Sunday, March 24, 2013

Hunky bodyguards, Bowie, and Douglas Adams

Published on the old blog on 03/18/13

Last night, as I lay in bed with Arizona snoring happily away, my brain did its race-race-race thing as I tried (unsuccessfully) to come up with an original way to promote the new books and ensure a crazy-good launch for Summer at Mustang Ridge come June. And I realized I wanted to be David Bowie.

My former stratospheric career goal was to be so wildly successful as an author that I needed bodyguards at my booksignings. You know, the inhumanly large and forbidding guys who stand there and … well, I’m not exactly sure what they do in the context of a booksigning, but it looks really cool. And, well, hunky bodyguards. ‘Nuff said. But I’ve decided there’s a new level of cool out there: when the lack of promo is itself promo.

Mind you, I’ve been a David Bowie fan since the 80’s (Labyrinth. Need I say more?). And, since I was a hipster before it was cool (ha), I didn’t just glom his current stuff, I went back to his Ziggy Stardust days, telling anyone who would listen that it was silly to use Space Oddity as the background music of the moon landing when it was a song about an astronaut getting lost in space (even though said incident was well before my time), and using “Major Tom” as my first pony’s show name. Though that was an improvement over his perplexingly awful registered name of Star Jet Lode (American Quarter Horse Association, I’m looking at you!).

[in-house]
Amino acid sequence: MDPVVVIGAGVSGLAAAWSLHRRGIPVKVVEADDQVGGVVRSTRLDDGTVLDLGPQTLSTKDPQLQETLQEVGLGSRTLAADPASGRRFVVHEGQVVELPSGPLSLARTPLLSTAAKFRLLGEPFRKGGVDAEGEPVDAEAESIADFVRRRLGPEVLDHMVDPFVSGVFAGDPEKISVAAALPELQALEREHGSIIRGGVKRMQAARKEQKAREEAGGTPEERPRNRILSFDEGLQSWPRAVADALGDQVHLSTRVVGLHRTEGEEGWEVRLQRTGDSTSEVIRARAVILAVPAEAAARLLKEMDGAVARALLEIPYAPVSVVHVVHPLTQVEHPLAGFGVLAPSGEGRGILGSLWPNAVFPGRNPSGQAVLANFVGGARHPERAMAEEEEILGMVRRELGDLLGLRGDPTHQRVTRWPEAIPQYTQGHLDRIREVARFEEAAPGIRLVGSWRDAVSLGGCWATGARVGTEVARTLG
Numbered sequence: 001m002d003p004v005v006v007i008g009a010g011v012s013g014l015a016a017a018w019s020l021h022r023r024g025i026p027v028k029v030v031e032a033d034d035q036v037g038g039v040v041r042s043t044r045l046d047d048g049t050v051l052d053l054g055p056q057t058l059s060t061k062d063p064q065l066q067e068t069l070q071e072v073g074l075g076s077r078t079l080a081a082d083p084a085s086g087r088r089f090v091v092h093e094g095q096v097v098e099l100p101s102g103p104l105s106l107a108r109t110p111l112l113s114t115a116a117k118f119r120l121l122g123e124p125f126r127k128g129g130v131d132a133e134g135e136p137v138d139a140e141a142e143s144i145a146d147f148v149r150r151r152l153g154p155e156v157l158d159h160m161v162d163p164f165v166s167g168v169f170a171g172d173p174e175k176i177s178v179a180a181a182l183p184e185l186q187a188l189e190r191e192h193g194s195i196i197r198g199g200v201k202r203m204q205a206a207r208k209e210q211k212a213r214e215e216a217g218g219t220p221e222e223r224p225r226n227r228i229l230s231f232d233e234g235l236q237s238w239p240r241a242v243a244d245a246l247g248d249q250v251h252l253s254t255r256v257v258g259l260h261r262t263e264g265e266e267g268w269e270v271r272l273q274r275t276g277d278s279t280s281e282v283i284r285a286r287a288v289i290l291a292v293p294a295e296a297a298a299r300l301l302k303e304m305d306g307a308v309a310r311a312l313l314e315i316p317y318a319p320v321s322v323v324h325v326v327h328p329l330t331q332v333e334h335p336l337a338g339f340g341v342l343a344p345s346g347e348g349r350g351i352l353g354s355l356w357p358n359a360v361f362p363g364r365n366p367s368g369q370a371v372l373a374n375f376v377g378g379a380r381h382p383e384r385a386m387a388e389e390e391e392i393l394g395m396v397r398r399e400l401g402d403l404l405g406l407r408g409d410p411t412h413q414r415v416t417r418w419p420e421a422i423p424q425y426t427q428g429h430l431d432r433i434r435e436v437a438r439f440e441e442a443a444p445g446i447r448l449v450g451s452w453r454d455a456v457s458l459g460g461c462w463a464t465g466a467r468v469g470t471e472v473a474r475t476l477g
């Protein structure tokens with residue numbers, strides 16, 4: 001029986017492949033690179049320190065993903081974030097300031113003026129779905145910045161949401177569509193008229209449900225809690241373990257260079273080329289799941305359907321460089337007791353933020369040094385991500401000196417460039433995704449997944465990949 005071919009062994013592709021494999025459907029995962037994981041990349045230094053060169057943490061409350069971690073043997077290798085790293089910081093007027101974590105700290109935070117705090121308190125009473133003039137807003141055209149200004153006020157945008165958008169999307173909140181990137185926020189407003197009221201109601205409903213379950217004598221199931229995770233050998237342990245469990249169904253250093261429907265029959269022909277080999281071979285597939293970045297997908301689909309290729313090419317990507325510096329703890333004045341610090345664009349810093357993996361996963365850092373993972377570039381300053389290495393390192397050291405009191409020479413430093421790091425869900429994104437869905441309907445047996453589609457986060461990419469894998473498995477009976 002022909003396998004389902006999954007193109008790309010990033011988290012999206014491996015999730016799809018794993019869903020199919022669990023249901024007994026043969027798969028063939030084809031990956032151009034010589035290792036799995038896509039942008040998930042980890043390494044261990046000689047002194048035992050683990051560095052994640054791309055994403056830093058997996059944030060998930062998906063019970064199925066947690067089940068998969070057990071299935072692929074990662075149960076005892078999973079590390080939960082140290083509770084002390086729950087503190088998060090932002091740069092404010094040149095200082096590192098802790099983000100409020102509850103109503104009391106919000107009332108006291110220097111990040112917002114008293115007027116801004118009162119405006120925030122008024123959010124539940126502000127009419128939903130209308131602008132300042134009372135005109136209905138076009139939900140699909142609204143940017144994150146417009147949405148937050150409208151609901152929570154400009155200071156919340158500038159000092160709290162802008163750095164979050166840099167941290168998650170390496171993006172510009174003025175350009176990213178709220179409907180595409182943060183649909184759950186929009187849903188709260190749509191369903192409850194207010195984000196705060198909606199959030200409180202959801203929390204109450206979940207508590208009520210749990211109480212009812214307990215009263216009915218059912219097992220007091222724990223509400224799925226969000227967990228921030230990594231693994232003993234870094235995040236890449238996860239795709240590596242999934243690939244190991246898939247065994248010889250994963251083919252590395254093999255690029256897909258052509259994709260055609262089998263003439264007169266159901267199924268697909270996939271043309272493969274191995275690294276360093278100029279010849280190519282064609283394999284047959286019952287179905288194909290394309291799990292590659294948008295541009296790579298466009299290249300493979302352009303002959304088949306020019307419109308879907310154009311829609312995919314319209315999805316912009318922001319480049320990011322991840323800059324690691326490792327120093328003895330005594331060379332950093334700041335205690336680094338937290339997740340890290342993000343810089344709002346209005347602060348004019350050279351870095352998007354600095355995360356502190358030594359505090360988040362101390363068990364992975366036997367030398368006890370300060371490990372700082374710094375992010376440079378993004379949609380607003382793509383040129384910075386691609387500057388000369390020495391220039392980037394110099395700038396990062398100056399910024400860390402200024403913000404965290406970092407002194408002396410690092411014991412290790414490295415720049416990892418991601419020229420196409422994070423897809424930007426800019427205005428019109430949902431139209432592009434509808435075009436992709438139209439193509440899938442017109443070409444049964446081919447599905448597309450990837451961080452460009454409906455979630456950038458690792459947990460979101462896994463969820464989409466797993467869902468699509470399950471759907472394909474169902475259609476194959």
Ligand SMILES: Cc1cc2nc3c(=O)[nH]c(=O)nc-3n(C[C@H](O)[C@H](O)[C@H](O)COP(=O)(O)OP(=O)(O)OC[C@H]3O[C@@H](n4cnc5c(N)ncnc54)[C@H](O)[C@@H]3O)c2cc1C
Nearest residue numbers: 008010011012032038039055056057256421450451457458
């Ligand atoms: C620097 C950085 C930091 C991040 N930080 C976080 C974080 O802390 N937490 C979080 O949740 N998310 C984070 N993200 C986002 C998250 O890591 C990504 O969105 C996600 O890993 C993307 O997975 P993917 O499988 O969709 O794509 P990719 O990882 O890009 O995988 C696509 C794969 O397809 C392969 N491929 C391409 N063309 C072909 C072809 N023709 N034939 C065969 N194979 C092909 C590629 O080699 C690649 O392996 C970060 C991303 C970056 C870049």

I wished for two different colored eyes, though not the history or head injury that had produced his. I giggle-snorted when Douglas Adams, in his brilliant Restaurant at the End of the Universe series described a character as (paraphrasing) looking like what would happen if you took a David Bowie, tied a David Bowie to each of his arms, and then tied a David Bowie to each of his legs. “In short, he gangled.” And there was the music. Some wonderful, some less so, but forming a lifetime body of work that continues to impress me today, even when catching a few minutes of Labyrinth on TV provokes more giggles than sighs.

The aging star had slipped out of the public eye in the last bunch of years, and I honestly can’t say I did a whole lot of “hey, whatever happened to …” except when watching the walk-off scene in Zoolander and hooting because hey, it’s David Bowie! Then back in January, he pops up and is all like, “Hey, I know I’m seventy-something and said I was done writing songs, but it turned out I was wrong. Here’s the new album!”

Turned out, he’d been working on it all cloak-and-dagger for a couple of years now, swearing the crew and musicians to absolute secrecy, and it actually worked. Save for one leak that nobody believed, the whole project was kept under wraps until they were ready for the big reveal, and it’s been selling like crazy. So there it is. When I grow up as a writer (and yes, it might take until I’m seventy-something and have a gazillion hits already under my writing belt), I want to be able to promote my book by keeping it a complete secret, and then whipping aside the curtain with a big TA-DAA!

A girl can dream, right?

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